Taking Fu to the Floating Market

You know it is a small, digital and virtual world when you start receiving guests who are friends of friends, when all the parties have met through the internet and, in the case of the friend and the friend of the friend, they’ve never met in person!

So it was this week as I had a visitor who was recommended to contact me by Curry.  After completing five years studying in Hiroshima, Japan, Fu was traveling around Asia on his way back home to southern Malaysia.  Nice guy and this is his first visit to Thailand.

Originally, Curry had recommended Fu contact me so I could take him to Pad Thai Ari.  This ended up not being part of the plan as Fu was in his final days in the country and was interested in seeing the floating market.  There are several floating markets but the only one that runs every day is the one in Damnoen Saduak (“convenient pathway”) which is near the school in Bangkhonthiinai.

I met Fu at 6:30 so we could beat the crowds and we arrived at the market just after 8:00.  Things were still cool and uncrowded and I negotiated a two-hour ride in a dugout boat.  Tawn suggested that I use this negotiation technique: after rejecting the original quote out of hand, I was to say “phom mai bpen muu” – I am not a pig, a reference to the slang term of someone who is an easy mark.

The lady running the boat tours thought that was funny and decreased the price a bit.

The two hours were nice, the occasional annoying buzz of a long tail boat (which are powered by old Toyota pickup engines) breaking the otherwise tranquil nature of life along the canal.  Of course “life along the canal” means people who sell tacky souvenirs from shops in front of their homes.  Each shop is the same as the next, some selling vaguely “Thai” souvenirs and others selling things that are totally incongruous.

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Above: Sampling some khanom khrug – a rice flour pancake that is a little sweet and a little savory at the same time.  Below: Along the way, I purchased a few bottles of local honey from this lady and her young daughter.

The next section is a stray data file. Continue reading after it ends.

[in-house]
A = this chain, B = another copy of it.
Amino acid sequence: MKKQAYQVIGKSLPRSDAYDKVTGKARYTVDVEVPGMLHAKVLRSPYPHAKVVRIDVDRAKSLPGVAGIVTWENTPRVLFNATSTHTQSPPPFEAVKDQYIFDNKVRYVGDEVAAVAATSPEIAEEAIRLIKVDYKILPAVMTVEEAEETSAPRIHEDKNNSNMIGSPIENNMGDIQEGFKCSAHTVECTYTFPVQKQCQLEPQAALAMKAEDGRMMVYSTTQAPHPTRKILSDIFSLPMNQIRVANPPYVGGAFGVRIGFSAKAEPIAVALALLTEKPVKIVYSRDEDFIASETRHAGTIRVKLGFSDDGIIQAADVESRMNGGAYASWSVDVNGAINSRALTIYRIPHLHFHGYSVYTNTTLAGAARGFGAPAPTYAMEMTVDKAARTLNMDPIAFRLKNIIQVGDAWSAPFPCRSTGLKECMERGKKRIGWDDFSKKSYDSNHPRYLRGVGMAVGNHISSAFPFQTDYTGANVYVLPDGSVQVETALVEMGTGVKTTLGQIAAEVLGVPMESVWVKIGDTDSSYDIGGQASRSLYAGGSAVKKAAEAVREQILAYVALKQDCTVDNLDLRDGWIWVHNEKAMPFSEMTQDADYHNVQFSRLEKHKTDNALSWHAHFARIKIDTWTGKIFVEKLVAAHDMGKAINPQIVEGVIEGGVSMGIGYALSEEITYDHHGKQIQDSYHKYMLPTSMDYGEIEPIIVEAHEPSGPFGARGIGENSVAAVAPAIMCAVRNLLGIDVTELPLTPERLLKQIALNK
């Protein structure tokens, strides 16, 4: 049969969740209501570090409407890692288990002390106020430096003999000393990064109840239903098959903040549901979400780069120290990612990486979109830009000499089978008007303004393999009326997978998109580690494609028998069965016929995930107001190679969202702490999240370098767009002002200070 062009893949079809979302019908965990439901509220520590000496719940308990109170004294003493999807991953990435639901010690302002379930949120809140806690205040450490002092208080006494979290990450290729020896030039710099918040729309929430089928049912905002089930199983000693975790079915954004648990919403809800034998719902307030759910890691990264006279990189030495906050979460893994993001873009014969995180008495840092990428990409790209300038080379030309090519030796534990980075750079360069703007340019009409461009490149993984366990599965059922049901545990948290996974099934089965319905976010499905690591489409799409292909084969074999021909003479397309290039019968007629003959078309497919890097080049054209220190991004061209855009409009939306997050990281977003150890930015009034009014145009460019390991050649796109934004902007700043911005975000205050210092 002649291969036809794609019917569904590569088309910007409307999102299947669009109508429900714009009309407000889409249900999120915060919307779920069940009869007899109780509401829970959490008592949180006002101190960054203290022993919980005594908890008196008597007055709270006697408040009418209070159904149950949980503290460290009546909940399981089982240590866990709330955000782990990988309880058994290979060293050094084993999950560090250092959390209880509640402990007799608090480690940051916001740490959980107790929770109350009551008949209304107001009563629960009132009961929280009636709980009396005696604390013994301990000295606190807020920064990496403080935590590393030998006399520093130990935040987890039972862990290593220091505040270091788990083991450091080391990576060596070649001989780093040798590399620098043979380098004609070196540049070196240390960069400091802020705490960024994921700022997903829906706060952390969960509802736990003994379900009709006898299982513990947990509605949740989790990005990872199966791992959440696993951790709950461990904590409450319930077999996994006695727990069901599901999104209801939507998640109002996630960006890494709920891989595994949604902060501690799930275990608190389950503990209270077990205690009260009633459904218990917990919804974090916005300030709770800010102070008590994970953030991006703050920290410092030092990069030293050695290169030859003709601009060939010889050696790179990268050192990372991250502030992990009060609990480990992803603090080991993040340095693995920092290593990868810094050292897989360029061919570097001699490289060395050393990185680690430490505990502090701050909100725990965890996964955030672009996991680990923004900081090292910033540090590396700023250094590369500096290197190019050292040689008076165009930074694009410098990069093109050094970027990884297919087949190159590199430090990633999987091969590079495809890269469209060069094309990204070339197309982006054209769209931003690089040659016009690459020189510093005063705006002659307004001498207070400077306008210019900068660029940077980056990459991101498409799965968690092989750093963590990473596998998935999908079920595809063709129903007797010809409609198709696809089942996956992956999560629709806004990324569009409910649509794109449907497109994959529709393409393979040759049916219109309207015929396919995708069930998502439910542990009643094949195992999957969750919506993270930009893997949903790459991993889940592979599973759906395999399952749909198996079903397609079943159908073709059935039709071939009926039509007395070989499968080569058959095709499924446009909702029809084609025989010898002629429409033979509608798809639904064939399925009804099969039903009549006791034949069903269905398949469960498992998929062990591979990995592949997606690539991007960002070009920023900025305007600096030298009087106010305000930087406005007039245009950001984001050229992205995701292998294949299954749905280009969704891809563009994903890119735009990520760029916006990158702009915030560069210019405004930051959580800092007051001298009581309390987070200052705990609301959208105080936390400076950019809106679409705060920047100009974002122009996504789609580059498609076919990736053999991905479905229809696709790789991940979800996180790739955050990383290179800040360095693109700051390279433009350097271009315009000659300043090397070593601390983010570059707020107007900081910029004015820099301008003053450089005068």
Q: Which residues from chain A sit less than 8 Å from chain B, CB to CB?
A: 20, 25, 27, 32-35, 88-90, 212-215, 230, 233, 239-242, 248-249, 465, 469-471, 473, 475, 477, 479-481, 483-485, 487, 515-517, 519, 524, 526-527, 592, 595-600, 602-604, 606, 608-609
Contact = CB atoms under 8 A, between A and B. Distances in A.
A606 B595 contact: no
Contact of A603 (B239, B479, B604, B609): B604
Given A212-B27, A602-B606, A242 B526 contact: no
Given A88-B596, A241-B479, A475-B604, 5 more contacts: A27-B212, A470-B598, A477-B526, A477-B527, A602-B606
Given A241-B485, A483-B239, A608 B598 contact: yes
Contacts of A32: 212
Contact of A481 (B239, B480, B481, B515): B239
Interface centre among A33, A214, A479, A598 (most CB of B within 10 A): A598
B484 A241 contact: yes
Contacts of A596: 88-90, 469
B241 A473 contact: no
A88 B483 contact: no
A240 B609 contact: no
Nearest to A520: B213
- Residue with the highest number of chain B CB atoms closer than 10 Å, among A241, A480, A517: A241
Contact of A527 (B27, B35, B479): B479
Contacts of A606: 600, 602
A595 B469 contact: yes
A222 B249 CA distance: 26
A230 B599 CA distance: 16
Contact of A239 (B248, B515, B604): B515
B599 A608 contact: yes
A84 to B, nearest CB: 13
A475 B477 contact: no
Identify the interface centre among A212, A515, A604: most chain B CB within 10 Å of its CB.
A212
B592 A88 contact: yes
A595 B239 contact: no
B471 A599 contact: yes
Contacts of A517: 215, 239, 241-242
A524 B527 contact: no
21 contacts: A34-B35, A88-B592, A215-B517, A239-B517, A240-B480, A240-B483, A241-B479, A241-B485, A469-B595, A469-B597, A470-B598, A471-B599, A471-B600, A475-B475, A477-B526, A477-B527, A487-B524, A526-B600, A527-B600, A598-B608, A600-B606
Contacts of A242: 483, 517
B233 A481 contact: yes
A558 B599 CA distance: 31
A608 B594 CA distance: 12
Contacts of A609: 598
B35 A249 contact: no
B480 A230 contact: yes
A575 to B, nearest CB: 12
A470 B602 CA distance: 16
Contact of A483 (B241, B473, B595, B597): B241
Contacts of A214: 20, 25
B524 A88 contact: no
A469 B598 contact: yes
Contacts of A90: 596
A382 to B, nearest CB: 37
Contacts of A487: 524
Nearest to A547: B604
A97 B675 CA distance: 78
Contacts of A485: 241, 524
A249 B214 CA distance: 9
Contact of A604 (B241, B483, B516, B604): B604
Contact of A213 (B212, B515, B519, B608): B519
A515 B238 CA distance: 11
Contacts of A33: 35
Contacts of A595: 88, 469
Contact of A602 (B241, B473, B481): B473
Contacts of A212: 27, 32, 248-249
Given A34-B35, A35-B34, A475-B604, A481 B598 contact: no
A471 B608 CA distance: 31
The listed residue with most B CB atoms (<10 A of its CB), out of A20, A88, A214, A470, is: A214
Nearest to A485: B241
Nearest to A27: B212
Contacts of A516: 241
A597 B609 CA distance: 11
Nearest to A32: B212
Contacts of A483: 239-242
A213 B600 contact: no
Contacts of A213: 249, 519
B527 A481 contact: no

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Above: Even Thais come to see the floating market!

By the time we were wrapping up after 10:00, the Russian tourists had arrived by the boatload and things were less pleasant.  It was a good time to be finishing.

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After taking some pictures from the shore, we headed to Bangkhonthiinai for a quick visit.  I wasn’t sure if the school was back in session after their winter break, but everyone was there (except for the now-retired Ajarn Yai) and so we spent about an hour with the children, practicing basic questions and answers.  Hopefully a good experience for Fu.

Of course, the grapevine works quickly and by that evening I had a call from Ajarn Yai, pretty much along the lines of, “You came to Samut Songkhram and didn’t call me?”

Oh, you can’t win.


 

In other news, our contractor Khun Guang assures us that we’ll have access to the house next Friday.  Still some fixturing after that, but only small things.  That should give us two weeks to get moved in.  Below: Tawn test-drives some mattresses.

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5 thoughts on “Taking Fu to the Floating Market

  1. Ah, looks like business as usual at the floating market. That khanom khrug looks yummy…I’m sure Fu was having fun sampling the local food! I’m excited for you guys moving to the new dig very soon!!

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